The customer service case for messenger and chatbots

Customer experience is the latest business buzzword.

Brands everywhere are beginning to understand the importance of providing the most efficient and pain-free customer experience to steal a march on their competitors – and with the recent publication of KPMG’s Nunwood’s UK Customer Experience Excellence top 100, CX best practise has again found itself in the spotlight.

An integral part of good customer experience is providing the right mix of channels to fit in with customers’ lifestyles and preferences.

Traditionally, customer service has focused on voice. But our increasing reliance on technology means online channels such as webchat and Twitter are now essential tools in a brand’s digital customer experience arsenal.

And it doesn’t stop there, with businesses constantly innovating and integrating new methods of engagement into their strategy.

Messenger – the new kid on the block?

Messenger is set to be the next big thing in the digital transformation of customer experience. Using platforms such as Facebook Messenger or Whatsapp allows brands to interact with customers in the same way they do with their friends, and offers a wealth of benefits for today’s digital natives.

First and foremost, these platforms deliver an efficient and reassuringly familiar interface for customers. Instead of having to switch applications and hunt around a company’s website to find their webchat, they can stay on a familiar platform that they likely use everyday.

This also means that notifications will be enabled, so they won’t have to sit around waiting for a reply.

Meanwhile the agent will benefit from having a history of previous interactions readily available, helping them gain a better understanding of the problem.

With channel bounce cited as one of the main frustrations of customer experience, having a 'log' of a customer’s history will be key to reducing call centre confusion.

Providing an intuitive and personal connection with customers will also help build brand loyalty. Even the use of emojis or text speak – where appropriate – will help show the personality behind your brand, and make customers feel as if their interaction is almost as familiar as a conversation with friends.

What’s clear is that both bots and messenger will come to form an integral part of the future of customer service

Over time, customers might begin building a relationship with a specific representative by choice. If they a willing to wait, it means they could be served by someone they like and trust – perhaps the holy grail of customer service.

Integrating messenger into the mix

But messenger is not yet widely used, and is still more likely to be an added extra rather than an integral part of a brand’s channel strategy.

And when it is offered, it is often used in a disjointed way – bolted onto other methods of customer interaction, which can leave customers frustrated as they repeat conversations they’ve already have over the phone.

It’s crucial, then, that customer experience experts start thinking about how to make the journey as easy for consumers as possible. So what do brands looking to integrate messenger into their CX offering need to consider?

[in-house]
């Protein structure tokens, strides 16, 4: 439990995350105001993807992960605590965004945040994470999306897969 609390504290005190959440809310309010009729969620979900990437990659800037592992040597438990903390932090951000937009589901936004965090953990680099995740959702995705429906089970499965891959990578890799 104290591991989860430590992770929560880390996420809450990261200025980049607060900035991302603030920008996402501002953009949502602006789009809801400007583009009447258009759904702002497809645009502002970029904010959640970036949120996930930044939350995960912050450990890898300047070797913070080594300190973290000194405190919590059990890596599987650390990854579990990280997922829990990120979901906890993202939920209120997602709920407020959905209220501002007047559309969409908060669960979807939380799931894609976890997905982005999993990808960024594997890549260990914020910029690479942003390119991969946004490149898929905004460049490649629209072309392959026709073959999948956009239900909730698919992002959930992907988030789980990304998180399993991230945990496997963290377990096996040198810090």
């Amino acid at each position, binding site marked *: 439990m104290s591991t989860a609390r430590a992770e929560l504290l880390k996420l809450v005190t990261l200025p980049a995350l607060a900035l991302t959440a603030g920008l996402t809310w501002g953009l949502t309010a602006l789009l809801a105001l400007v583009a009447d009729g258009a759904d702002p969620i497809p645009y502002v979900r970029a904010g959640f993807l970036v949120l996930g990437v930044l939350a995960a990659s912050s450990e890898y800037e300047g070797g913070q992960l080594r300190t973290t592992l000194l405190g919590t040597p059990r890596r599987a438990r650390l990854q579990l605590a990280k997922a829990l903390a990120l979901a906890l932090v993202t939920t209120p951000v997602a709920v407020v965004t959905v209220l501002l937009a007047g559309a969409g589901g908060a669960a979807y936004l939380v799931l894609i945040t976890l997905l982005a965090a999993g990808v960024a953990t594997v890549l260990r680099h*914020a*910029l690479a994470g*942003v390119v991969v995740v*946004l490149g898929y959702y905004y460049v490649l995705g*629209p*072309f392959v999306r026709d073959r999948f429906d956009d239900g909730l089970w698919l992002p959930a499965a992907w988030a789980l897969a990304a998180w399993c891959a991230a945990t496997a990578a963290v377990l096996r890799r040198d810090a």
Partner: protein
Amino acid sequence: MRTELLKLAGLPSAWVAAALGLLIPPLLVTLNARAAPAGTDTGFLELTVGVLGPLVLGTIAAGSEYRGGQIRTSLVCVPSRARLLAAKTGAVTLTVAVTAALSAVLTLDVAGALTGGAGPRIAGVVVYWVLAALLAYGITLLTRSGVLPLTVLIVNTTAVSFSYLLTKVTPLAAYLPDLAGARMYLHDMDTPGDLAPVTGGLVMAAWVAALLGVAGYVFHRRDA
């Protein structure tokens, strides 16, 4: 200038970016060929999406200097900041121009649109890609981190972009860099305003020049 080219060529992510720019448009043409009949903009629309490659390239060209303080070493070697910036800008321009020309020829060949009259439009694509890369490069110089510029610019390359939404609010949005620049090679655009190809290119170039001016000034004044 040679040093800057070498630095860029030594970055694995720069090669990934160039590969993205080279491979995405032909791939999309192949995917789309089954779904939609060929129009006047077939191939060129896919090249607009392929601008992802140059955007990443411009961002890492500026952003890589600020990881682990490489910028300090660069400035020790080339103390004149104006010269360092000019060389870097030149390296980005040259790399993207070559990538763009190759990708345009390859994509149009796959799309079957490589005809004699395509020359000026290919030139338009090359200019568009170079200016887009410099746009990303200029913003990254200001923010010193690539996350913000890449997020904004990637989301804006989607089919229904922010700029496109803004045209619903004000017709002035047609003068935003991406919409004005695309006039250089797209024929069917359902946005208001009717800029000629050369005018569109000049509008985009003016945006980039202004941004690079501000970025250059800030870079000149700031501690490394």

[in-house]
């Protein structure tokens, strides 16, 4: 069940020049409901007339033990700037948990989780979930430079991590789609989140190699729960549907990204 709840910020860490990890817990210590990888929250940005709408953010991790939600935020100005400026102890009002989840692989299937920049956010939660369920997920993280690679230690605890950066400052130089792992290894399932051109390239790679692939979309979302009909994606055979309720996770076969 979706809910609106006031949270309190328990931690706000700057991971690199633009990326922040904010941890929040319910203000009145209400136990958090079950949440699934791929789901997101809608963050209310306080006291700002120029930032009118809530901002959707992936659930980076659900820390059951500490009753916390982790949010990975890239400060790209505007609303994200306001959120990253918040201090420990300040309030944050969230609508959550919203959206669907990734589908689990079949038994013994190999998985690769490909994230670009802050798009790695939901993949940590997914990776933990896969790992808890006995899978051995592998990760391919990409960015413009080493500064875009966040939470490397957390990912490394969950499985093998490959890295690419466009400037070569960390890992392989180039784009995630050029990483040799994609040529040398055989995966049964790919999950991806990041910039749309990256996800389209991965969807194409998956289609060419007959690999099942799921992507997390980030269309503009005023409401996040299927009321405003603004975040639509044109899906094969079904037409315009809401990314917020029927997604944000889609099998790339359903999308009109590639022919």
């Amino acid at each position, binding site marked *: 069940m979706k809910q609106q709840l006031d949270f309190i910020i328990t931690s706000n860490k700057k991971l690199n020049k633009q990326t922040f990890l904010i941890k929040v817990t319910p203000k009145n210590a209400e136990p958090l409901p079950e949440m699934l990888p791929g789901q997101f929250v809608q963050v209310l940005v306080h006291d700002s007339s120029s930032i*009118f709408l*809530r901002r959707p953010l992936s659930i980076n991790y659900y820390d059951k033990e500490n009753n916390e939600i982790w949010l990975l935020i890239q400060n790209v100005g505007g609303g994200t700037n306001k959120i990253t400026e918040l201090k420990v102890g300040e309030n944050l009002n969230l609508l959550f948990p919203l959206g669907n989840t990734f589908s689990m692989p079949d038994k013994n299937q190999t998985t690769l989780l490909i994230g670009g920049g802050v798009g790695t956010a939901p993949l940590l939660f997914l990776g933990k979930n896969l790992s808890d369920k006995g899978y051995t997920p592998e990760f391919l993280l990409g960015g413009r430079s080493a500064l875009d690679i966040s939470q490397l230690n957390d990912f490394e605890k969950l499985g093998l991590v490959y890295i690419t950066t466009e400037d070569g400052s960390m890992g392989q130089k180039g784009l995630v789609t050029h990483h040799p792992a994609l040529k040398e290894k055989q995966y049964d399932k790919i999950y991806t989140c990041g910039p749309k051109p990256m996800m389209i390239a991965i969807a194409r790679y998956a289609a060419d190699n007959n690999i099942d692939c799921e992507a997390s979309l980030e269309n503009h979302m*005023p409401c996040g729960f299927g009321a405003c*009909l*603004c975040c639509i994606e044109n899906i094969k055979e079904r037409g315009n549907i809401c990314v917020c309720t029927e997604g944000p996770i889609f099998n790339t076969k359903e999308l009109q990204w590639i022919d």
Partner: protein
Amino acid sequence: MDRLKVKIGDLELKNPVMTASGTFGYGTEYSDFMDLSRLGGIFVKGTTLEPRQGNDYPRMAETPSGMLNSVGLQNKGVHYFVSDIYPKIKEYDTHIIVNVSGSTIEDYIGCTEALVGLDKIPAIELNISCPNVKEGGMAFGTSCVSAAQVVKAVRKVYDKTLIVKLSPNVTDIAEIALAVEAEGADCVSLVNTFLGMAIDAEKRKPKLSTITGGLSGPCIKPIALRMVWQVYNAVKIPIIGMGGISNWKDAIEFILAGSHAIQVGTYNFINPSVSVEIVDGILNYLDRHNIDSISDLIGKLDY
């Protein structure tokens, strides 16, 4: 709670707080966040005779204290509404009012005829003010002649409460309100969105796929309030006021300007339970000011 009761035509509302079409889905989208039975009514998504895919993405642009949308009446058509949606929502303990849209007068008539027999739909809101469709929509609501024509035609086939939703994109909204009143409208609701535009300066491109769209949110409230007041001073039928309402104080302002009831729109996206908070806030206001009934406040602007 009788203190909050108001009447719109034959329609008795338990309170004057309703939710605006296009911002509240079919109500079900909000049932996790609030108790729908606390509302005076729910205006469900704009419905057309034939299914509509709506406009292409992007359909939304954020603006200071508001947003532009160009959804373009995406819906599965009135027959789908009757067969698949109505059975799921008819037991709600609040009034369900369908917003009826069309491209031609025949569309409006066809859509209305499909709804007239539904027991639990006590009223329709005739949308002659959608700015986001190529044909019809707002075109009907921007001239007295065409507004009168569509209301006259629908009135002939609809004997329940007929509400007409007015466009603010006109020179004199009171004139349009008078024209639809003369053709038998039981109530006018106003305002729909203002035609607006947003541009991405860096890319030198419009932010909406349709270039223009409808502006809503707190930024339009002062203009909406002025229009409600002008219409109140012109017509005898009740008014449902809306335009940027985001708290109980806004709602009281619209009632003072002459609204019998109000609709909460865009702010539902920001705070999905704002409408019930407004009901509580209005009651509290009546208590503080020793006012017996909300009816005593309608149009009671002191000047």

Messenger best practice

As a relatively new CX platform, there are a number of best practice rules for messenger that brands will need to follow from the outset.

It is vital that agents on messenger are sufficiently empowered to be able to resolve a customer’s problem quickly and efficiently. With messenger, brands have an opportunity to engage with their customers in a much more meaningful way to steer them towards a resolution.

In doing this, they should take care to demonstrate the same empathy and engagement that they would through voice channels or webchat. Customer experience must remain paramount -  agents should be careful that they do not let the relative informality of the medium distract them from this.

It’s also important, when possible, to keep the conversation within the same channel.

Your customers will have specifically chosen to contact you on their preferred channel, so asking them to switch for your company’s convenience is annoying at the best of times and disrespectful at the worst.

If a customer has contacted you through messenger, don’t force them to go through a lengthy process to make contact next time. Avoiding channel bounce is one of the most important ways brands can optimise customer experience.

Chatbots – friend or foe? 

Chatbots are gaining in popularity, and have the potential to provide a novel way for brands to evolve how they use messenger as a channel. Intelligent bots can be useful in managing straightforward transactions - providing simple support and shepherding consumers through a relatively linear customer journey.

But bots can also go very wrong - brands need only think back to Microsoft’s now notorious experiment with their bot Tay.

While bots can be helpful in some situations, they certainly have their limitations. They aren’t yet intelligent enough to decipher tone, context, intentions or customer frustration. Until they can, businesses will need to ensure a human agent is on hand for when the 'computer says no'.

Current limitations aside, what’s clear is that both bots and messenger will come to form an integral part of the future of customer service. Brands will need to plan accordingly, and imbed the messenger platform at the heart of their strategy today to ensure they are set up to deliver the best possible customer service tomorrow. 

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